I so appreciate all your comments and input! (Though no one in my area has emailed me; maybe no one in the Phoenix metro area reads this blog?)
While talking with MM about this last night, I thought of something that I hadn't really considered in regard to changing practices. Doing so will likely mean at least a 1-2 cycle delay for us, just in order to get an appointment with someone else. A nurse friend of mine pointed out today that a new doctor might also make me/us repeat some of the testing that has already been done (bloodwork, HSG, semen analysis). We have already had too many delays already--this cycle's will only be my second IUI since we decided to start intervention in APRIL--so that is another consideration. I am 38 and will be 39 in March, so I don't have a lot of time to waste.
My other concern in changing practices is that it will be more of the same elsewhere. None of what I have experienced at my current clinic could have been anticipated or learned prior to becoming a patient there. I was assured at our initial consultation and later sit-down appointments with the doctor that they get you quickly in and out for monitoring appointments, something I later learned through (painful and expensive) experience is not the case. The only person I know who had been a patient there had nothing but good things to say. . . . but then again, she did IVF there, so perhaps her experiences were different.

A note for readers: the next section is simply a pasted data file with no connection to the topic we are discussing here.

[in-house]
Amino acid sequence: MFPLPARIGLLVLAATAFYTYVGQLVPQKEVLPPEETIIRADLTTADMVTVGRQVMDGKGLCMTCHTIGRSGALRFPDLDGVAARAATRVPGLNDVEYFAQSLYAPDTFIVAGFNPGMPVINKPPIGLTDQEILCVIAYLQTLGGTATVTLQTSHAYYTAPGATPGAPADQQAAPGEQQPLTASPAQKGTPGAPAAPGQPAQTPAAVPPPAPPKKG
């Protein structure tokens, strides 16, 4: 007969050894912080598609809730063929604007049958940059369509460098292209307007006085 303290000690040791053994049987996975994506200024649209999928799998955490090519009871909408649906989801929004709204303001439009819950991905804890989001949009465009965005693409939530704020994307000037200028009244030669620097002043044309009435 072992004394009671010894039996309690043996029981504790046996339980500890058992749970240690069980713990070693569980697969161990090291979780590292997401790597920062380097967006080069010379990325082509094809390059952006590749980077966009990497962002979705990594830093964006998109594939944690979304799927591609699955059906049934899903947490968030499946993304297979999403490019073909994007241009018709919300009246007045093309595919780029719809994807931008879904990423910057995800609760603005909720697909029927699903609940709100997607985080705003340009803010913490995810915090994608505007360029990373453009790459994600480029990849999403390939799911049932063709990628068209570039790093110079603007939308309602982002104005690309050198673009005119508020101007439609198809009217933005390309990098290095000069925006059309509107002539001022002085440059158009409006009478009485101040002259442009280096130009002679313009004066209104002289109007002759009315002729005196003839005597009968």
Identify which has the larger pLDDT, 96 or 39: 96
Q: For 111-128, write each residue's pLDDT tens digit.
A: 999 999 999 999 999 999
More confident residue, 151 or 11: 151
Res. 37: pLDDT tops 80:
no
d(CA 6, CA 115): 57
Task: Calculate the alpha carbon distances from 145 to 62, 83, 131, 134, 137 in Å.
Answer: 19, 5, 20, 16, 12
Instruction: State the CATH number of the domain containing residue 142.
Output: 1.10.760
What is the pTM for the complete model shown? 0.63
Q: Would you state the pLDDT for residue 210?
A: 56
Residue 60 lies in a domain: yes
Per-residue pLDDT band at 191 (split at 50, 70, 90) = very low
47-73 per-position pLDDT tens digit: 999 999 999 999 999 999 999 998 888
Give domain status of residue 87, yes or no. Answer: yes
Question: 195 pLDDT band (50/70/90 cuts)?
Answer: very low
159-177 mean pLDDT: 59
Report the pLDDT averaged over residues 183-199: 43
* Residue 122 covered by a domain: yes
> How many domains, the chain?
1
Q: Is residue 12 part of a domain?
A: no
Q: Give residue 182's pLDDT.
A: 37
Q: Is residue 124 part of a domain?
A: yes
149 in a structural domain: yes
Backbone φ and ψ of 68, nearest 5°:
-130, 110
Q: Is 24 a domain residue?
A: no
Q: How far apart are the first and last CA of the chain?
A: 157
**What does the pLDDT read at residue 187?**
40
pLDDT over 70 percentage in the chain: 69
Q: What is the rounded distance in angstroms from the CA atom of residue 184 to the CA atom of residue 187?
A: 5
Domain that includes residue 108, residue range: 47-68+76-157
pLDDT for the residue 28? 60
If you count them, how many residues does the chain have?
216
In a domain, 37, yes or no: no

In reality, most clinics are more focused on IVF because that is how they make the most money. We are paying about 1/10 of the cost of an IVF cycle for each IUI cycle we do.
At this point, I think I am going to discuss the situation and my concerns with the one NP in the office with whom I have had regular contact and established some rapport. Perhaps she can guide me and help alleviate some of my concerns.
In any event, I cannot do anything until this cycle is complete. Perhaps I will get pregnant this cycle, the pregnancy will stick, and I will be referred back to my OB/GYN and won't have to worry any more about this. A girl can hope. . . .